24 November 2020

Posts Tagged ‘cooper’s hawk’


Saturday, October 17th, 2020

Pretty good variety this morning, bird-wise. About ten degrees (F) warmer than yesterday in the mountain shade—comfortable walking weather. Things started out rather quiet, but picked up soon enough.

On something of a lark, we followed a few deer trails across unfamiliar slopes, dog and I, which was interesting for both of us. Also followed a Juniper Titmouse around and, at quite a distance, spotted a Steller’s Jay in flight.

Perhaps my favorite bird of the day was an unassuming Yellow-rumped Warbler.

Grandeur Peak Area List
Beginning at 8:28 a.m., I hiked a few hundred feet up a mountain.

1. Dark-eyed Junco
2. Black-billed Magpie*
3. House Finch
4. Spotted Towhee
5. Cooper’s Hawk
6. Black-capped Chickadee
7. Northern Flicker
8. American Robin
9. Woodhouse’s Scrub-jay
10. Mountain Chickadee
11. Pine Siskin**
12. Steller’s Jay
13. Yellow-rumped Warbler
14. Juniper Titmouse
15. Downy Woodpecker
16. Ruby-crowned Kinglet
17. Lesser Goldfinch** (v)


18. Eurasian Collared Dove

(v) Voice only
*Also elsewhere
**Voice only elsewhere

Hawk and Sparrow

Wednesday, October 14th, 2020
White-crowned Sparrow (imm.), East Millcreek, Salt Lake City, Utah, 14 October 2020.
White-crowned Sparrow (imm.).

A bit warmer this morning, but a favorable northwest-ish wind, and an interesting sky full of clouds. Hardly any birds for the first five minutes, then—pow!

Cooper’s Hawk (imm.), East Millcreek, Salt Lake City, Utah, 14 October 2020.
Cooper’s Hawk (imm.).

Most fun for me were two young species, both of which made surprise appearances near the trailhead.

First, I’d thought I heard a sparrow near the little old quarry hole but saw nothing. About a minute later, up popped a young White-crowned Sparrow. Then, soon after that, as I was angling to photograph three magpies, a new bird swept in and perched some forty feet away—a young Cooper’s Hawk.

Loved all the other birds, too, of course.)

Grandeur Peak Area List
Beginning at 8:28 a.m., I hiked a few hundred feet up a mountain.

1. Black-billed Magpie**
2. Northern Flicker*
3. Woodhouse’s Scrub-jay
4. Spotted Towhee
5. Dark-eyed Junco
6. House Finch**
7. American Robin
8. White-crowned Sparrow
9. Cooper’s Hawk
10. Ruby-crowned Kinglet
11. Lesser Goldfinch** (v)
12. Black-capped Chickadee
13. Pine Siskin (v)
14. Mourning Dove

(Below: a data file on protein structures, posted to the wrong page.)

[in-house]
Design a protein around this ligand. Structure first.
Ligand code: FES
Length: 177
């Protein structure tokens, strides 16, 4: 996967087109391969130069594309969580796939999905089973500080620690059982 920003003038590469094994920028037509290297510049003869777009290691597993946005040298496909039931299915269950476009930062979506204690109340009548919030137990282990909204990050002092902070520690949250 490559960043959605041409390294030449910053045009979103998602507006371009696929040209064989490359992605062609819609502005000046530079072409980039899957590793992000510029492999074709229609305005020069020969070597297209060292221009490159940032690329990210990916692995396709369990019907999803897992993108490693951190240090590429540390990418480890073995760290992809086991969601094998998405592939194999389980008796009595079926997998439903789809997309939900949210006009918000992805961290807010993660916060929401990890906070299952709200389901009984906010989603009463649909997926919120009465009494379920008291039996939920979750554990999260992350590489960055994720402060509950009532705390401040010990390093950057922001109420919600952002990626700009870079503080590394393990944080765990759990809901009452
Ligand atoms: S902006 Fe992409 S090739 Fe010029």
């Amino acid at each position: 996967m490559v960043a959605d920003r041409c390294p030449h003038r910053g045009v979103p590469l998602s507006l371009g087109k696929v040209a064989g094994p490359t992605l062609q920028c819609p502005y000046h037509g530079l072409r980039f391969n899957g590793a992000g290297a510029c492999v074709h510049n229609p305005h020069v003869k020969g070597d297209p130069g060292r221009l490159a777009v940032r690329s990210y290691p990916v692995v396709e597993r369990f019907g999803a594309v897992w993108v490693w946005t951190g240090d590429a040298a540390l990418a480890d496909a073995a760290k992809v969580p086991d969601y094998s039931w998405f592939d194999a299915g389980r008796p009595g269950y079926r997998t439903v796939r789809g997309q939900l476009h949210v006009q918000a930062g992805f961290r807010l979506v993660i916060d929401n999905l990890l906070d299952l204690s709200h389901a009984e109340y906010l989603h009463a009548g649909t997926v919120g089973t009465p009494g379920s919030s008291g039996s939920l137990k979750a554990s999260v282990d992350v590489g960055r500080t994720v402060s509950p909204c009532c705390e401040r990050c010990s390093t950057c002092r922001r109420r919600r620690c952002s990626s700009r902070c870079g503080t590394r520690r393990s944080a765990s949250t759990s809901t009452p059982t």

15. Yellow-rumped Warbler (v)


Red Squirrel (v)

(v) Voice only
*Also elsewhere
**Voice only elsewhere

Everywhere Flickers

Thursday, October 1st, 2020
Flicker in an olive tree, East Millcreek, Salt Lake City, Utah, 01 October 2020.
Flicker in an olive tree.

Following yesterday’s big day, this morning’s hike brought sparse bird action—without even a single Yellow-rumped Warbler. One thing it did bring, though, was flickers. Lots and lots of flickers.

Flickers plucking olives from the Russian olive tree. Flickers perched and delivering their bright, declarative call. Flickers, male and female, flapping overhead, gathering in the crowns of little scrub oaks, traveling here and there. Since they don’t properly migrate, perhaps—like the Mountain Chickadees—they simply move around where the food is, readying for certain winter.

Whatever the case, it’s pretty nice to have red-shafted Northern Flickers hanging around.

Grandeur Peak Area List
Beginning at 8:27 a.m., I hiked a few hundred feet up a mountain.

1. Northern Flicker**
2. Black-capped Chickadee**
3. Red-breasted Nuthatch
4. American Robin
5. House Finch**
6. Woodhouse’s Scrub-jay
7. Spotted Towhee
8. Black-billed Magpie* (v)
9. Dark-eyed Junco (v)
10. Mountain Chickadee
11. Cooper’s Hawk
12. Lesser Goldfinch* (v)


13. Song Sparrow
14. Rock Pigeon
15. House Sparrow

(v) Voice only
*Also elsewhere
**Voice only elsewhere

Bird Report is a (sometimes intermittent) record of the birds I encounter while hiking, see while driving, or spy outside my window. —Brian Willson

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